The global economic crisis that has come to be known as the Great Recession appears to have fueled an increase in suicides, including an estimated 5,000 additional deaths in 2009, a new study says.
Although previous research has linked the recession to higher suicide rates in various countries, no studies have tried to measure these effects on a global scale.
So researchers at the University of Hong Kong and other institutions examined suicide trends in 54 countries around the world, using data on unemployment, gross domestic product and suicide deaths from the World Health Organization, the International Monetary Fund and the U.S. Centers for Disease Control and Prevention.
Their analysis revealed an association between unemployment and suicide rates, which was especially strong for men in countries that used to have low unemployment.
In 2009 alone, 37% higher unemployment seems to have fueled a 3.3% increase in the global suicide rate for men, according to the study, published online Tuesday by the journal BMJ. That 3.3% uptick translates into an additional 5,000 deaths.
An estimated 2,700 to 3,700 of those additional deaths occurred in 18 countries in the Americas, where the overall suicide rate jumped 6.4%, as the unemployment rate rose up to 101%, the study found.
Another 2,400 to 3,500 additional deaths were recorded in 27 European countries, where the suicide rate rose 4.2% as the unemployment rate rose by as much as 35%.
Relatively few additional suicides were tallied in Asia and Africa.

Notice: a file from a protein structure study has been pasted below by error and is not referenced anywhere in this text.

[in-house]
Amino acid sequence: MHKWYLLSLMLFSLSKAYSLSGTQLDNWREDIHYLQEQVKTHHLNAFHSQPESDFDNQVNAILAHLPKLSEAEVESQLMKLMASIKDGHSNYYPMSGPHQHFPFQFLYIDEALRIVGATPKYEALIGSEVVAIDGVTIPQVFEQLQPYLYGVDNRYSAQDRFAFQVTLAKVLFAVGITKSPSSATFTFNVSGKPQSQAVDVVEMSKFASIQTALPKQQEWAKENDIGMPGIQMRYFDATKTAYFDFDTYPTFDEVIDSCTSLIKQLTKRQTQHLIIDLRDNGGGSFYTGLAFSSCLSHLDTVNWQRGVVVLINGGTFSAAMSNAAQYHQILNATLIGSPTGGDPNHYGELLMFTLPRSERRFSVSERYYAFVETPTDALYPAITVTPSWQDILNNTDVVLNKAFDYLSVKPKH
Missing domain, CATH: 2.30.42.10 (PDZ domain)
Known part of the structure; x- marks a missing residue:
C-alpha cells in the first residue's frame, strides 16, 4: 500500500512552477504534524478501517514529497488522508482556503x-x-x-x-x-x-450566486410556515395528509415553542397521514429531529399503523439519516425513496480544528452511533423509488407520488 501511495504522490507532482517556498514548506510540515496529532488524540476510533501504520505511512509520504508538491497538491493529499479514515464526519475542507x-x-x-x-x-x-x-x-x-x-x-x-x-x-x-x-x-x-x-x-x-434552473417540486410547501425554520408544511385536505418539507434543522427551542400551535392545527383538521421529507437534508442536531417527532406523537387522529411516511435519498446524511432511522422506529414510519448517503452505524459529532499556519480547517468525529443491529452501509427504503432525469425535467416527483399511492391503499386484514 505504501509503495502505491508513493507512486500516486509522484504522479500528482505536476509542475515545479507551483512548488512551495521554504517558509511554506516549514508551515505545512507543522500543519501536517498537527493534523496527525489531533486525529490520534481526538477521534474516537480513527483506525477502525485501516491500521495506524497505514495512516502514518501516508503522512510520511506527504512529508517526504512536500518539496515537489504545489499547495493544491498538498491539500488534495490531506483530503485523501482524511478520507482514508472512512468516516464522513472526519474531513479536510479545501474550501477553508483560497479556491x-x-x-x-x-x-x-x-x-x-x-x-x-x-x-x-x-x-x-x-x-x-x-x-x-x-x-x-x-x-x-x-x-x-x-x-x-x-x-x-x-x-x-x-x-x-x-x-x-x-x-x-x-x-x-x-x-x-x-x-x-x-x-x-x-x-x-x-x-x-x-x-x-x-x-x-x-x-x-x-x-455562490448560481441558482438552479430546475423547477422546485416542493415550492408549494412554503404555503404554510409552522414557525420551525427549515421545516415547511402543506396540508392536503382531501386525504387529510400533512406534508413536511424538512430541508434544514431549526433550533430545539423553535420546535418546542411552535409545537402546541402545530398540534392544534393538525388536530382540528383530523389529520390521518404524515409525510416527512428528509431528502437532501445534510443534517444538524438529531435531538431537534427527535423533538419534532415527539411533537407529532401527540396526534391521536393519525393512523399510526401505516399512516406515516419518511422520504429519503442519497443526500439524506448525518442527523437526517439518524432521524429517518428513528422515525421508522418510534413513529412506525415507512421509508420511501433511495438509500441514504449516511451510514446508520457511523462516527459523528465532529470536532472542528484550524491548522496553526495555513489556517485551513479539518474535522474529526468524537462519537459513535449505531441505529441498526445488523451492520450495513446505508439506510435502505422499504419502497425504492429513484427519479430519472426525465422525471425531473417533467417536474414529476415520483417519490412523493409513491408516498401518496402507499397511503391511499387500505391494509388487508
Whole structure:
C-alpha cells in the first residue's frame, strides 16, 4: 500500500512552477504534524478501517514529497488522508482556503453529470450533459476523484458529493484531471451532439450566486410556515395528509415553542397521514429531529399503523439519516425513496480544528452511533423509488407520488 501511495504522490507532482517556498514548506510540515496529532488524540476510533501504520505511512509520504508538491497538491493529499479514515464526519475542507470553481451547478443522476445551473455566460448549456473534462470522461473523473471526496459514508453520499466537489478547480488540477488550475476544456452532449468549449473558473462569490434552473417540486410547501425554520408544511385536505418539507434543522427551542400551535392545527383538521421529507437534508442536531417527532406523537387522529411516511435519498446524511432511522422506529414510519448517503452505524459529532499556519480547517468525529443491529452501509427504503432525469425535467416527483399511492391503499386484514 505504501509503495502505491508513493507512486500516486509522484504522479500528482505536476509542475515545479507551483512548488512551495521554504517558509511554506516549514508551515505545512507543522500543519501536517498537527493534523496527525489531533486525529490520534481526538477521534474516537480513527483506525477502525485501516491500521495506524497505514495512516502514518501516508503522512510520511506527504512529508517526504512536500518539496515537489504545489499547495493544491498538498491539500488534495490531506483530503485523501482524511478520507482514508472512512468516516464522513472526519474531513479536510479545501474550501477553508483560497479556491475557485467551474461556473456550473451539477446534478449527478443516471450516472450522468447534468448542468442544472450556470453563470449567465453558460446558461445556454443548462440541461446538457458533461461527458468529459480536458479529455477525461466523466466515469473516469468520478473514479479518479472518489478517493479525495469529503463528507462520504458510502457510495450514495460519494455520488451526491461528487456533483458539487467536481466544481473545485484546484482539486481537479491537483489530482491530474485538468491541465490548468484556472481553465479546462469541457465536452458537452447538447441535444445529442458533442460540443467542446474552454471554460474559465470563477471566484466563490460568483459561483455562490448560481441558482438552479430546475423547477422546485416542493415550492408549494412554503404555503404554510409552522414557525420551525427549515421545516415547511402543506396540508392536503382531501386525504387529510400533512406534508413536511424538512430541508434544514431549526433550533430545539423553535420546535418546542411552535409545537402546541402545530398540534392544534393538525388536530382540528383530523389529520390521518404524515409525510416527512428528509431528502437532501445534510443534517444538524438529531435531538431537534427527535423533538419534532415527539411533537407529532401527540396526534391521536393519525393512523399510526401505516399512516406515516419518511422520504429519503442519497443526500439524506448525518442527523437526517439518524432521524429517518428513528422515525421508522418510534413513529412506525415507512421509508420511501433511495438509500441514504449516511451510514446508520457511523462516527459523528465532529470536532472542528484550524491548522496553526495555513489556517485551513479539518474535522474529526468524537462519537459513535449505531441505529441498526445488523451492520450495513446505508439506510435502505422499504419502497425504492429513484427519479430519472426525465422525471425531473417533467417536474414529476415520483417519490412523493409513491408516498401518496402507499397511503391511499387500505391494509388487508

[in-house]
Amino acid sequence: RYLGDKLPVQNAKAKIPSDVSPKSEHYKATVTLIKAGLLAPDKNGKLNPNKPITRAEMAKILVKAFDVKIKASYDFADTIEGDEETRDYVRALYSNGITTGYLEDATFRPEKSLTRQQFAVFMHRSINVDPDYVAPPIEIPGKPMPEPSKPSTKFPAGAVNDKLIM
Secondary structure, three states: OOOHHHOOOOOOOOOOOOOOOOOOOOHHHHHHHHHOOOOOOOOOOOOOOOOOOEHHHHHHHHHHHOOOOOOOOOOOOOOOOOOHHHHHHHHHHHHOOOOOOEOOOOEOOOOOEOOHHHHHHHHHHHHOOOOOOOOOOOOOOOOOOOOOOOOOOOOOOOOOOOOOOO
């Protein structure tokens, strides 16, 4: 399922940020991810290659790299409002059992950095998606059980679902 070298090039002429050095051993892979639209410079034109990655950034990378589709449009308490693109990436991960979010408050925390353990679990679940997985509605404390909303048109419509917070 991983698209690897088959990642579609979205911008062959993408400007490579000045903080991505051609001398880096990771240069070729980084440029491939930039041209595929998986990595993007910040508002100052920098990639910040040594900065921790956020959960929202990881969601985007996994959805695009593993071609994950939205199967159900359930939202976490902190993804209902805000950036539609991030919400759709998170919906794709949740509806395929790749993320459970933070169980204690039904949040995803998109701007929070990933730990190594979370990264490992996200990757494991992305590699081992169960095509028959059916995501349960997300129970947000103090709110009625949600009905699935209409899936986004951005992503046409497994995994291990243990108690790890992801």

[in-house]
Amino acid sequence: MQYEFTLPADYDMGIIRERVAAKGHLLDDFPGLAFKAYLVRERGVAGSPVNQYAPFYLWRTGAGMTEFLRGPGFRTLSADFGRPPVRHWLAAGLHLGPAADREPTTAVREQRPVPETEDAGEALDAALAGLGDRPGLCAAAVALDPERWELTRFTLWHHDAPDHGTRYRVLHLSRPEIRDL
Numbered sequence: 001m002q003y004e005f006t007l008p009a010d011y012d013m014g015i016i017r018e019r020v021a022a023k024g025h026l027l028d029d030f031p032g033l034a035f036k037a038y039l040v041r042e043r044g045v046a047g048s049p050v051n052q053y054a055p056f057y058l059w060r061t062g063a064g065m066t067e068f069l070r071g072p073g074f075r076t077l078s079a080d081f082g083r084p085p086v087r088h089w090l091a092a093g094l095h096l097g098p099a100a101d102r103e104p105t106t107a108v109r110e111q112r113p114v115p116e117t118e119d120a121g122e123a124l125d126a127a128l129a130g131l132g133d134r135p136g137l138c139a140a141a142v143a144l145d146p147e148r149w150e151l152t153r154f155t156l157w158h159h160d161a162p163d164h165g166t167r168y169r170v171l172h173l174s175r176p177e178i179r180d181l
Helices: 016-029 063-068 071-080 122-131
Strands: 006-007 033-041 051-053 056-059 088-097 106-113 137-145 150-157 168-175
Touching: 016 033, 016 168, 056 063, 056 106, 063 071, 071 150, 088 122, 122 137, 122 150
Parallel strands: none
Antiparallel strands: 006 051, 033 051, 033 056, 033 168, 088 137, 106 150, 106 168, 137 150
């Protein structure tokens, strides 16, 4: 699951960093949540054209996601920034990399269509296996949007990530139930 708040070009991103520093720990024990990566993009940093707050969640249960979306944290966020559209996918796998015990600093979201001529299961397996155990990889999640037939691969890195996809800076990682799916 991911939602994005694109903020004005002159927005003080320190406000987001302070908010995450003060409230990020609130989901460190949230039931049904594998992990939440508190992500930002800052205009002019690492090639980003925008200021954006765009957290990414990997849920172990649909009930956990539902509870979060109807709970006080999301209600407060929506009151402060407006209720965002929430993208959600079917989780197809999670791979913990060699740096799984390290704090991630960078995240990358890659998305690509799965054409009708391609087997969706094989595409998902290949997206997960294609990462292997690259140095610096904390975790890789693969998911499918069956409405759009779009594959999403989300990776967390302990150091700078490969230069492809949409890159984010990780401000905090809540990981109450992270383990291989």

In American countries, the greatest increase in suicides was seen in men between the ages of 45 and 64. In Europe, the biggest increase was in 15- to 24-year-old men.
The researchers saw no change in the global suicide rate for women, although there was a slight increase in suicides among women from the Americas.
The team found bigger increases in suicide rates in countries that used to have low unemployment.
David Gunnell, a public health researcher at the University of Bristol in England who helped lead the study, said men were probably more inclined than women to commit suicide because they tend to be the breadwinners of their families and therefore felt more pressure in the face of the worst economic collapse since the Great Depression. Men are also more likely to commit suicide in general.
This type of observational study can’t prove that higher unemployment caused the additional suicides, Gunnell said. However, the results are consistent with earlier research linking unemployment to higher rates of depression, offering “strong evidence” that the recession was the culprit.
The findings serve as a warning that countries should not cut back on mental health services in times of austerity, Gunnell said. The results also identify people who are at-risk, which could help public health officials target their intervention efforts.
However, the study doesn’t provide a complete picture of the recession’s effect on mental health, since it included only the 54 countries for which statistics were available, said José Tapia, a public health researcher at the University of Michigan who wasn’t involved in the study. What’s more, the study analyzed suicide rates only from 2000 through 2009, so the results may not reflect current trends.
“This is by no means the final word on the magnitude of the global economic crisis,” Gunnell said.